This is part one of my research paper on human trafficking legislation in America.

Some of the most attractive cities in the United States often mask some of the most devastating realities. For example, Houston is the fourth-largest city in the United States and ranked amongst the top three cities for the largest human trafficking hubs in America. The problem with the abundance of human trafficking conflicts arises due to the improper protection of victims. The Prosecution of State-Level Human Trafficking Cases in the United States, written by Amy Farrell, Monica J. DeLateur, Colleen Owens and Stephanie Faby, supports my idea that in the United States, legislation lacks the number of effective laws to protect human trafficking victims evidently through the analysis of court cases, the unknown effectiveness of trafficking laws, and the treatment victims through law enforcement.

To begin, the authors of The Prosecution of State-Level Human Trafficking Cases in the United States analyzed a sample of court cases in order to prove that "only a small number of human trafficking cases have been prosecuted in the last fifteen years" (48). Evidently, one detective claimed in the article that because "trafficking law hasn't been used that much… as a prosecutor, you don't want to be the only one using it, and all of a sudden your case doesn't go forward" (60). The warrant is that because many prosecutors run a high risk of losing their cases due to an unfamiliar trafficking law, many human trafficking cases often get lost in the concern of the prosecutors own reputation. This warrant is valid because if people think more for their own interests, they are more inclined to do what may help them the most if a law has a gray area that most people may find difficult to interpret. That way, it proves the low 24% prosecution rates in human trafficking-related crimes. Ultimately, the article helps to support the lack of effectiveness from the law to offer victims protection against their predators.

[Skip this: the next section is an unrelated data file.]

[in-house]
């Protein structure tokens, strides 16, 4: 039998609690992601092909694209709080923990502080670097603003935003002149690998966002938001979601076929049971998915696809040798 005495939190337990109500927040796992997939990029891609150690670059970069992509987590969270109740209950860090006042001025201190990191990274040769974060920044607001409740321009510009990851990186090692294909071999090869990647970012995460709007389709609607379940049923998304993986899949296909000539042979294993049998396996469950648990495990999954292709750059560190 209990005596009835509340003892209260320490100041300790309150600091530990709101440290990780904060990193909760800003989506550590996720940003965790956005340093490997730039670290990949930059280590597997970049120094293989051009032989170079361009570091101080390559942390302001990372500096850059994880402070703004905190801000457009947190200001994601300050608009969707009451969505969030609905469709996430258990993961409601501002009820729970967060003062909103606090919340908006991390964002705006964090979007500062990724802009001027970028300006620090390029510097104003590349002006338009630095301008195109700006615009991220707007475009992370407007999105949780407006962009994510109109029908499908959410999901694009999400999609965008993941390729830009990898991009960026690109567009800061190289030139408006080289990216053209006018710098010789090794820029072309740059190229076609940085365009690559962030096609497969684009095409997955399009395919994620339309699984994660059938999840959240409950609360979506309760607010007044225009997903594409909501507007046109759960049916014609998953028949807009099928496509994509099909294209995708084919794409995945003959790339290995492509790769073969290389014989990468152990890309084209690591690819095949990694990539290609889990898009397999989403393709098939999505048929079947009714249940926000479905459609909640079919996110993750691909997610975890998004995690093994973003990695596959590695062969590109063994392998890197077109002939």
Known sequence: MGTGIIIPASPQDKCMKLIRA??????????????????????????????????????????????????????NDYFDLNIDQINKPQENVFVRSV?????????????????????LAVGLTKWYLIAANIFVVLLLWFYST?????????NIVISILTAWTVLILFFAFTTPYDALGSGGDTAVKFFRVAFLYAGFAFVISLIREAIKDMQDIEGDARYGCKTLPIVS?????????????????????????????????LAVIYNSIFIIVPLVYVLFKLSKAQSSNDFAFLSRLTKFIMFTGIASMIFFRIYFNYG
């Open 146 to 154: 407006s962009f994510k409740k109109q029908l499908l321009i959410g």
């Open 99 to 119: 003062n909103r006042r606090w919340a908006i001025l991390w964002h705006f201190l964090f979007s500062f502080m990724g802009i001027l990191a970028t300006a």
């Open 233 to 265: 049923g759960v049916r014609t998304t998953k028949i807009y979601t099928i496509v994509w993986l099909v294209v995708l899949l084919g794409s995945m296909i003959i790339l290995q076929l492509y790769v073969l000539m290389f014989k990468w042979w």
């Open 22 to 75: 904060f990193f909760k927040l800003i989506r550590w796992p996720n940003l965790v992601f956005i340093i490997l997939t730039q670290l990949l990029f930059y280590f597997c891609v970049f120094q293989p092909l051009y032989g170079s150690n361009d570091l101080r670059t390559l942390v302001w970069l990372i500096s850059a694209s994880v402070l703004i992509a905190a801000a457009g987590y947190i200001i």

Next, the unknown effectiveness of trafficking laws makes it difficult for most victims to be protected under legislation. To support this claim, it states in the article, "prosecutors are often unaware that their state has a trafficking law and are unfamiliar with the legal elements necessary to prove a trafficking charge" (50). The base of the warrant is that if prosecutors do not understand the laws involving human trafficking, then the perpetrators run the risk of settling with little to no sentencing. The warrant is valid because the victims may run into the danger of falling back into the trafficking ring where there may lie even more dangerous consequences to their physical and mental state than from before. From there, the likelihood of a victim seeking protection the second-time decreases. Although people may argue that human trafficking laws are difficult to interpret against other sensitive crimes (like prostitution for example), it is still no excuse to risk a victims safety. Thus, The Prosecution of State-Level Human Trafficking Cases in the United States helps prove the ineffectiveness of human trafficking laws because prosecutors have a difficult time in distinguishing between other sensitive crimes and human trafficking crimes.

The final claim, in addition to the unknown effectiveness of human trafficking laws, is that the occasional poor treatment from higher officials often leads to the failure to protect victims from their perpetrator through the law. Moreover, it is evident through The Prosecution of State-Level Human Trafficking Cases in the United States that victims often feel insecure in giving their testimonies because "there was not a safe and secure place to house the victims… victims were arrested or sent to juvenile detention… to keep them in a secure facility long enough to get them to cooperate" (63). The underlying warrant is that if victims do not feel secure in the environment, then they will not testify against their perpetrator. To further elaborate, the warrant is valid because if the men or women are uncertain about their protection due to the officers handling them in an accusing manner, then they would not feel safe. Victims would feel as if they are running the risk of falling back into the same environment with punishment if there is a failure in persecution. Although it is true that there have been cases in which the victims testify through these methods of "protection," "when physical or corroborating evidence is hard to come by, the case ends up resting on the believability of the victim" (62), and that has its own risks of failing for the victim. Overall, the article supports the idea that the law ineffectively offers protection for human trafficking victims because they feel unsafe in their testifying environments.

All in all, in America, human trafficking has been a huge problem that many people seem to underlook. With the growing normalization of sex culture through porn and prostitution, it becomes harder to identify the victims involved in human trafficking. The lack of proper protection for victims is a pressing issue that concerns anyone who has a caretaker, or a friend of the same or opposite gender because slavery is in their own backyards. Our loved ones could be standing in the victim's shoes. The Prosecution of State-Level Human Trafficking Cases in the United States, written by Amy Farrell, Monica J. DeLateur, Colleen Owens and Stephanie Faby, aids my insight over why the laws in the United States are simply not enough to protect victims of human trafficking.